It’s for your own good
Users who are complaining that they can no longer access the online video site Hulu on through their PlayStation 3’s web browser are being given an official explanation. The short version: it’s not Hulu’s fault per se but the result of keeping content owners, who don’t want the service to compete with revenue generated by traditional television distribution, happy.
(It’s worth pointing out, however, that Hulu is the property of many of those same content owners – so they kinda are to blame, albeit indirectly.)
Moreover, in the short term at least, it’s a price worth paying, says Hulu, as they help wean the studios off of the release windowing system – “a movie starts in theaters, then moves to pay-per-view and DVD, then to pay-cable channels, later to broadcast, and so on down the lin” – that has proved so lucrative to-date.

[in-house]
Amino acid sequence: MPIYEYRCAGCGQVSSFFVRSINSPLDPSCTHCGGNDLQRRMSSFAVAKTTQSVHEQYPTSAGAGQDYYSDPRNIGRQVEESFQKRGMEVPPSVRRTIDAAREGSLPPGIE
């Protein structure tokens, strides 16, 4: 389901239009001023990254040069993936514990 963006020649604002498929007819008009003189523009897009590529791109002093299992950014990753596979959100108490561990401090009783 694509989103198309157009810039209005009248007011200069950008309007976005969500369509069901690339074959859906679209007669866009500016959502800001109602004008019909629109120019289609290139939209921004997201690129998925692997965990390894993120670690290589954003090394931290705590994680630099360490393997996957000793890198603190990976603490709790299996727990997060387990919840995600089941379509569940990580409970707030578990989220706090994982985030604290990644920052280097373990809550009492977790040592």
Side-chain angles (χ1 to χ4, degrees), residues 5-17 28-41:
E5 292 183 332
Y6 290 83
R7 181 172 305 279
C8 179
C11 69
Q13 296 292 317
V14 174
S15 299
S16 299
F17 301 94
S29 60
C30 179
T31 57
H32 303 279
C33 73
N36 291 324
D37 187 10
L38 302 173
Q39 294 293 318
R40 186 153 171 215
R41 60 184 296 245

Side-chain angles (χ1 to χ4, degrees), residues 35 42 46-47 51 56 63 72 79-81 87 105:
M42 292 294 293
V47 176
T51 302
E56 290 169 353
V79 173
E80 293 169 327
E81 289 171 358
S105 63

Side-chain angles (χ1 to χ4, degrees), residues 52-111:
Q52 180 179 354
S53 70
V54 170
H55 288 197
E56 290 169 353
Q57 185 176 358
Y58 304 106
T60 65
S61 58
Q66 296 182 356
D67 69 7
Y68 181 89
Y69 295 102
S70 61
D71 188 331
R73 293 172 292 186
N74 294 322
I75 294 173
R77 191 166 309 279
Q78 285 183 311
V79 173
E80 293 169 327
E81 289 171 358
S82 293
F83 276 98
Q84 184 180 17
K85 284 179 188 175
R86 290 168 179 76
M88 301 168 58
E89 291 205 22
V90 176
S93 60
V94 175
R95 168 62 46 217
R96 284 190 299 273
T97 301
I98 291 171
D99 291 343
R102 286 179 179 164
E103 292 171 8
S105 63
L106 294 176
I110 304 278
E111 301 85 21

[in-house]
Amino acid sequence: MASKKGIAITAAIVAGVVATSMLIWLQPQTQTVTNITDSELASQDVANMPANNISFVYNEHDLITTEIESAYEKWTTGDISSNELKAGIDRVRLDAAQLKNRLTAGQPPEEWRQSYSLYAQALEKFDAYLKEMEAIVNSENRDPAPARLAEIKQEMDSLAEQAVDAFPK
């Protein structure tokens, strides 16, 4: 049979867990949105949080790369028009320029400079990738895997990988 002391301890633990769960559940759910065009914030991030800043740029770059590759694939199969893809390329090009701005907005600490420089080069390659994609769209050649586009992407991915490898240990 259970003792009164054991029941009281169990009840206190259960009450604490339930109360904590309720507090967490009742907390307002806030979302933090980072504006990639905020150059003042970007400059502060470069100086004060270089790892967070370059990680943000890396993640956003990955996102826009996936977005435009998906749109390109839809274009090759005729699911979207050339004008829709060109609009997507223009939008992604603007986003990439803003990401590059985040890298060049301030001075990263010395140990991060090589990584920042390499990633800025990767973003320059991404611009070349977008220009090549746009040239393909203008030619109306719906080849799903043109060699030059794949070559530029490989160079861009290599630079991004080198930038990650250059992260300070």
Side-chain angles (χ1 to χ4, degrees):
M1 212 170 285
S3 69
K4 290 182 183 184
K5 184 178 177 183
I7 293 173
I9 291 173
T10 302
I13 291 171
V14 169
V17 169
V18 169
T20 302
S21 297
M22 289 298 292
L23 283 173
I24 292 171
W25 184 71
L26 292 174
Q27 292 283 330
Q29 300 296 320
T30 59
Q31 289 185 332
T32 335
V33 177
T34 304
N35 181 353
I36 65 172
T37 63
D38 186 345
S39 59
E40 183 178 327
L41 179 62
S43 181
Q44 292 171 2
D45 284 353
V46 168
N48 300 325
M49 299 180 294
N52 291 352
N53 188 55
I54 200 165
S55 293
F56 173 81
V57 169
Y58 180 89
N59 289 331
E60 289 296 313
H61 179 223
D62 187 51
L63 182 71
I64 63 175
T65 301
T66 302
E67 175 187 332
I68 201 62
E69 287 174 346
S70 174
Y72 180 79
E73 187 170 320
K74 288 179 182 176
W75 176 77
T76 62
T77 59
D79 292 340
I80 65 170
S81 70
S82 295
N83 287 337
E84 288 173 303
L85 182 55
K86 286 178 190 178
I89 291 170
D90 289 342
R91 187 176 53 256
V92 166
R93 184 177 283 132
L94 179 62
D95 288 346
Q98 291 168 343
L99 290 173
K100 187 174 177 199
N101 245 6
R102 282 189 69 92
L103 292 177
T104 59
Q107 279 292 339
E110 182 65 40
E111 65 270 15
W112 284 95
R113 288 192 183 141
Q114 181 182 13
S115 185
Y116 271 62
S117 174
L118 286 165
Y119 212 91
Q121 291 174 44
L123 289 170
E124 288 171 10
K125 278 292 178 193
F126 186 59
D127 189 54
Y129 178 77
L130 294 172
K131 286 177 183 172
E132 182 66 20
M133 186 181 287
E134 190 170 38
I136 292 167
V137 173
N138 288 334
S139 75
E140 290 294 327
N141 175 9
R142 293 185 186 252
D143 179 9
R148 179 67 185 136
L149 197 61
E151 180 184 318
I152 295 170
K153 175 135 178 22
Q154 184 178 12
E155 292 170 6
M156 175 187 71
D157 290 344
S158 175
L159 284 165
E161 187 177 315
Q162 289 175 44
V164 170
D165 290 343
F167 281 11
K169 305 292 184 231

… in the near-term, the windowing strategy is still dominant in the business. Billions of dollars flow in across these different windows, and entire companies are organized around them. Nothing productive comes from flouting that reality…
That business model, however, isn’t sustainable in the long term, says Hulu, due to “the rise of the web, increased broadband availability, the ease of digitizing video, and the increase in the computing power of devices like gaming consoles, set-top boxes, and mobile phones.”
We do, however, expect these windows to converge over time. There’s no way around that, and we’re working hard with all of our partners to guide and participate in this important transition in the business.
Everything we do is with an eye toward achieving our long-term goal of maximizing the content you can access as conveniently as possible in a way that “works” for the content owner.
In the short-term that may require us to make some tough decisions, but we only do so when we believe it improves our long term prospects to build a more enduring, legal solution to that same problem.